West African leaders on Friday decided to suspend Burkina Faso following a coup but will not impose other sanctions pending the outcome of talks with the junta, a participant at their summit said.
Conferring four days after the latest military takeover in their region, heads of the Economic Community of West African States (ECOWAS) agreed to send two missions to Ouagadougou. A mission of ECOWAS chiefs of staff will fly to the Burkinabe capital on Saturday, followed on Monday by ministerial-level envoys.
Leaders will meet again on February 3 in Accra to assess the outcome of these missions and see whether additional sanctions should be imposed along with suspension, the source said.
President Roch Marc Christian Kabore was seized by rebel soldiers on Monday amid rising anger at his failure to stem jihadist violence ravaging the impoverished nation. The new leader is Lieutenant-Colonel Paul-Henri Sandaogo Damiba, 41, a rising star in the military who commands an eastern region that has been badly hit by jihadists.
In the past 18 months, the 15-nation ECOWAS has suspended two other members, Guinea and Mali, where coups have occurred. But it has also imposed an array of sanctions against them, including measures targeting their leaders.
At a virtual summit lasting around three hours, the ECOWAS leaders also called for Kabore and other detained leaders to be released.
On Tuesday, the bloc issued a statement of condemnation over the coup and accused the military of forcing Kabore to resign “under threat, intimidation and pressure.”
Amid speculation on Thursday that ECOWAS would slap punishing sanctions on Burkina, Damiba made his first televised comments since the coup, asking for help from the country’s “international partners.”
“I call on the international community to support our country so it can exit this crisis as soon as possible,” he said.
Saying that he understood “legitimate doubts” triggered by the coup, Damiba said Burkina “will continue to respect international commitments, especially concerning respect for human rights,” and judicial independence would be “assured.”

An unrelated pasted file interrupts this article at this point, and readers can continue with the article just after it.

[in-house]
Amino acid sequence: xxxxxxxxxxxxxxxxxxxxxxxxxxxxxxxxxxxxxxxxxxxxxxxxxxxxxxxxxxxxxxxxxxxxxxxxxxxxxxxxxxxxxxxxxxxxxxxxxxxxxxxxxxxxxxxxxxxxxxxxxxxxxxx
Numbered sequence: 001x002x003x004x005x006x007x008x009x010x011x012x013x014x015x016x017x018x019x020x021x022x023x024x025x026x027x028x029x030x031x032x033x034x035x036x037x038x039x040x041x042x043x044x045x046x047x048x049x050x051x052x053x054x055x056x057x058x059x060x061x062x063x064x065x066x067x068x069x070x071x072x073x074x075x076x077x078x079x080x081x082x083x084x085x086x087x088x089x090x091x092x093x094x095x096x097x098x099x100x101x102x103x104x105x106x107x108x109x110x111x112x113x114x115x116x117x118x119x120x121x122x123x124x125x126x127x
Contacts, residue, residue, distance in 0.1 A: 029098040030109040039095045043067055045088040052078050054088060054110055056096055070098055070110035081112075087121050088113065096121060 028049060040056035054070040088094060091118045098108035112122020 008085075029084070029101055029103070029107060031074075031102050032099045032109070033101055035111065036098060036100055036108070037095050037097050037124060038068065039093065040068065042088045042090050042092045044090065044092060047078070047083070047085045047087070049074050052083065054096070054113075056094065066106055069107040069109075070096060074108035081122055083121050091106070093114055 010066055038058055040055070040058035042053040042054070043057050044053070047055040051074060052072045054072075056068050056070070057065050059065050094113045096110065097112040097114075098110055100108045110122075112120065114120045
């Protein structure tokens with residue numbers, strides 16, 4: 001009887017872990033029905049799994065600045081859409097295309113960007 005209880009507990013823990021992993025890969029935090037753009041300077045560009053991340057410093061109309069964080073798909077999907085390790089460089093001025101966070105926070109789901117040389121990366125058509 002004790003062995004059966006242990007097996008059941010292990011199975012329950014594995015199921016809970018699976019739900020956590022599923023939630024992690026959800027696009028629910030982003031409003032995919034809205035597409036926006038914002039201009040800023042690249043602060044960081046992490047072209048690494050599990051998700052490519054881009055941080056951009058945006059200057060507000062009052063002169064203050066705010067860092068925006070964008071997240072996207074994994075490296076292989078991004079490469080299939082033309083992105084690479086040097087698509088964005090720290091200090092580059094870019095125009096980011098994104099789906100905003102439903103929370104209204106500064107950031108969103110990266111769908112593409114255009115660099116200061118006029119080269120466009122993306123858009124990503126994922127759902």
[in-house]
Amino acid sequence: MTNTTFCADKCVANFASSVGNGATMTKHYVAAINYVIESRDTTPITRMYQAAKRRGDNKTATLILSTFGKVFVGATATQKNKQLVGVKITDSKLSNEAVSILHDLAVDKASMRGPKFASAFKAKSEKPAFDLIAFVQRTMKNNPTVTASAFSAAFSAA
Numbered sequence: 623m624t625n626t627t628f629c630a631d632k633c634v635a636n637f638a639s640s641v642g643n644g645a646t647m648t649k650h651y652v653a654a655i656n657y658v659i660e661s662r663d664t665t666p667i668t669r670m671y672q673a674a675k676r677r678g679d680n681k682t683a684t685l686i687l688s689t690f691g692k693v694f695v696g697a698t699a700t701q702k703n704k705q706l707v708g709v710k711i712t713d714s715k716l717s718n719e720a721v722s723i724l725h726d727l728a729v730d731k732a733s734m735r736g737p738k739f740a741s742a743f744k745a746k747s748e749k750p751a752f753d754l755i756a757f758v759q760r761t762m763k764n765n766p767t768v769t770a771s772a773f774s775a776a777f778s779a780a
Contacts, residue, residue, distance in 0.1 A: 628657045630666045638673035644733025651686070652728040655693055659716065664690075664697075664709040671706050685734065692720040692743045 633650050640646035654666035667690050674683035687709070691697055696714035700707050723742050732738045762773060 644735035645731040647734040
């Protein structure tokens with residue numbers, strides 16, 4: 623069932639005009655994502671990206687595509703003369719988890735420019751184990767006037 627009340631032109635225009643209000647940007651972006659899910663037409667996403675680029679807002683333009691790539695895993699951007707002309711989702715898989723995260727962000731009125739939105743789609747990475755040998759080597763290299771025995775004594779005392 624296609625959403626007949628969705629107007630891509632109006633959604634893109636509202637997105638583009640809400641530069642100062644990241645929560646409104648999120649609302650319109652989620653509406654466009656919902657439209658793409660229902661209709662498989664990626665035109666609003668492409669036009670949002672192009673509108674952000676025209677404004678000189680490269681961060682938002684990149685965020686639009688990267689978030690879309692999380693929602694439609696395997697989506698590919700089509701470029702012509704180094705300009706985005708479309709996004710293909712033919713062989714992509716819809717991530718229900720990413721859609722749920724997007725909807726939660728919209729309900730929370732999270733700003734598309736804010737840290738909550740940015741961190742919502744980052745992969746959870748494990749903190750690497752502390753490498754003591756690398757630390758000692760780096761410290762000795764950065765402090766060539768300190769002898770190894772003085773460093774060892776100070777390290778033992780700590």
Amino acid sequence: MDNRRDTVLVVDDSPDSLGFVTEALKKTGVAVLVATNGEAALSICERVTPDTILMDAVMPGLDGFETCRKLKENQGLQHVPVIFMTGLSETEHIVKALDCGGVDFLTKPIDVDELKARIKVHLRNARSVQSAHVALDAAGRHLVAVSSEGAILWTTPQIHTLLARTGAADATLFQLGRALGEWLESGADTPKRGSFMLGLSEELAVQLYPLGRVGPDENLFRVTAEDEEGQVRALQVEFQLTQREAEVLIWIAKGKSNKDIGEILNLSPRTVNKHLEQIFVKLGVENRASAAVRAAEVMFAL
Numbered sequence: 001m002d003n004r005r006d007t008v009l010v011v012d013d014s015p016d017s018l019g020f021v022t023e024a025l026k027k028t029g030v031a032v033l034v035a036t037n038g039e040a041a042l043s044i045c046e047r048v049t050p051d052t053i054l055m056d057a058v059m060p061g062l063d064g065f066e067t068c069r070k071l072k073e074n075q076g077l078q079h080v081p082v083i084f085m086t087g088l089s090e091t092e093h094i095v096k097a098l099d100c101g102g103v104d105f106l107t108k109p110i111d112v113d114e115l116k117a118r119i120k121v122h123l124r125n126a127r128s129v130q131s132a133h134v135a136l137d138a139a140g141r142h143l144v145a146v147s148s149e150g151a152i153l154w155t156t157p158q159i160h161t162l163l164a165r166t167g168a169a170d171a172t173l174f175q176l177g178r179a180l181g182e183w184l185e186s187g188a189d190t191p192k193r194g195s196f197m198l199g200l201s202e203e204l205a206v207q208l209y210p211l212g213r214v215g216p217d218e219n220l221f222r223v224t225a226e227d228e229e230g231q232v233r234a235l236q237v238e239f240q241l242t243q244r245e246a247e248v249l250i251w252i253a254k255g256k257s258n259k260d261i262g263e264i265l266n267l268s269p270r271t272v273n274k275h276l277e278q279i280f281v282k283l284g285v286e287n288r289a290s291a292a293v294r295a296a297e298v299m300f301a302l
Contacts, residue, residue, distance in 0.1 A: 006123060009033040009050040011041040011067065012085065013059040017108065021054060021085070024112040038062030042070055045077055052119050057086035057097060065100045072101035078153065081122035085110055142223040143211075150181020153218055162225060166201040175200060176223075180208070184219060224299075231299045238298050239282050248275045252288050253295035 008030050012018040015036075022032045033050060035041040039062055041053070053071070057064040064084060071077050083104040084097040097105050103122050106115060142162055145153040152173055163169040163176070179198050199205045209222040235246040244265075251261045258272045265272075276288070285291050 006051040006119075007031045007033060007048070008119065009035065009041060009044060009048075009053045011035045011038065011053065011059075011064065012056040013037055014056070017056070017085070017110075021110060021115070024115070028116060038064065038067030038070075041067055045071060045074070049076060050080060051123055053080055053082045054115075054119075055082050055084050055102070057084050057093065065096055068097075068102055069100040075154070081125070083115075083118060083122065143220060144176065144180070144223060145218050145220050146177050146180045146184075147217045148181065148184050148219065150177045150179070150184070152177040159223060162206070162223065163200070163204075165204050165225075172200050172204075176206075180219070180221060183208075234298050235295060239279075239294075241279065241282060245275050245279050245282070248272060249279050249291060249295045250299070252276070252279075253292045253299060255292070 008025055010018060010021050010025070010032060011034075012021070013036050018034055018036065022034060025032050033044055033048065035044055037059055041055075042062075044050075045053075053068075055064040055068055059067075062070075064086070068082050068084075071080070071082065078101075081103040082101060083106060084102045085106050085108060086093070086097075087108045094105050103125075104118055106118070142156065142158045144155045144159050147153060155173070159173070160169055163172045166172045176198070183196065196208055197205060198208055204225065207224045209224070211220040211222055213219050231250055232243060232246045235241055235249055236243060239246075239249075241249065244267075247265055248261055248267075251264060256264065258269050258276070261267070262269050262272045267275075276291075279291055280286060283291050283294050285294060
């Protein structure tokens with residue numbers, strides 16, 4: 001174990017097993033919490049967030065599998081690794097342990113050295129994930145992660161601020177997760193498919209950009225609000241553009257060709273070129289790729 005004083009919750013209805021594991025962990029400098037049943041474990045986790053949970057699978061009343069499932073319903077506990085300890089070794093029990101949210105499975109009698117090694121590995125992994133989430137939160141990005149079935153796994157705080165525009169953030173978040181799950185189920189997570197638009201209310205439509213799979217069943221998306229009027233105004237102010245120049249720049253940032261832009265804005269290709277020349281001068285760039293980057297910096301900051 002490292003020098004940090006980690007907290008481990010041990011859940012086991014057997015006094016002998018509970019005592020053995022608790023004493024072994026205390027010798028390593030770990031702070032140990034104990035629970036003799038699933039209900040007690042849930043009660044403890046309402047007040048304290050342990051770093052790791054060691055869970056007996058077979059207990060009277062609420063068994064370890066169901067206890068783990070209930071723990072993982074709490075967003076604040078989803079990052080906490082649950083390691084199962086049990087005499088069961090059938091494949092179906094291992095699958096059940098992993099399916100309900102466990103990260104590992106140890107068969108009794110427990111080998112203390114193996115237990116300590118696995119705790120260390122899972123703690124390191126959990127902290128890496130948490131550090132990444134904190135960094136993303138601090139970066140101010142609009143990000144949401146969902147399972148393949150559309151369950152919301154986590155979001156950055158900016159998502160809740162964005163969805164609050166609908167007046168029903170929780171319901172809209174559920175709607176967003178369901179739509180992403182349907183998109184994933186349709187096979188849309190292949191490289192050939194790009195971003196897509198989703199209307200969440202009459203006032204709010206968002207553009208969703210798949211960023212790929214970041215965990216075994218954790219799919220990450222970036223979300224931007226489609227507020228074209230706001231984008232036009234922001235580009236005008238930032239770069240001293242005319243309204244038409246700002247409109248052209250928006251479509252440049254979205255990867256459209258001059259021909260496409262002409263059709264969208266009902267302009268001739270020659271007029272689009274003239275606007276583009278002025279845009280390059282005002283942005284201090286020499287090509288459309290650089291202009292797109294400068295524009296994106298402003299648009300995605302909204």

He promised Burkina would “return to a normal constitutional life… when the conditions are right.”
The coup is the latest bout of turmoil to strike Burkina Faso, a landlocked and poor state that has suffered chronic instability since gaining independence from France in 1960.
Kabore, 64, was elected in 2015 following a popular revolt that forced out strongman Blaise Compaore.
Death and homelessness
He was re-elected in 2020, but the following year faced a wave of anger over the toll from a jihadist insurgency that swept in from neighbouring Mali.
Since 2015, some 2,000 people have been killed, according to an AFP tally. Troops, police and a volunteer civil militia have paid a huge price, raising questions about their leadership, training and equipment in the face of a ruthless, mobile foe.
Some 1.5 million people are internally displaced in a country of 21 million, according to the national disaster management agency CONASUR.
Kabore’s well-being and whereabouts have been a key issue since the coup, with the United Nations leading calls for his release. On Wednesday, a source in his political party, the People’s Movement for Progress told AFP that the army was holding Kabore in a villa under house arrest.
“President Kabore is physically well, but I cannot say anything about his state of mind,” the source said.
“He has a doctor available (and) access to his mobile phone, but under surveillance, obviously.”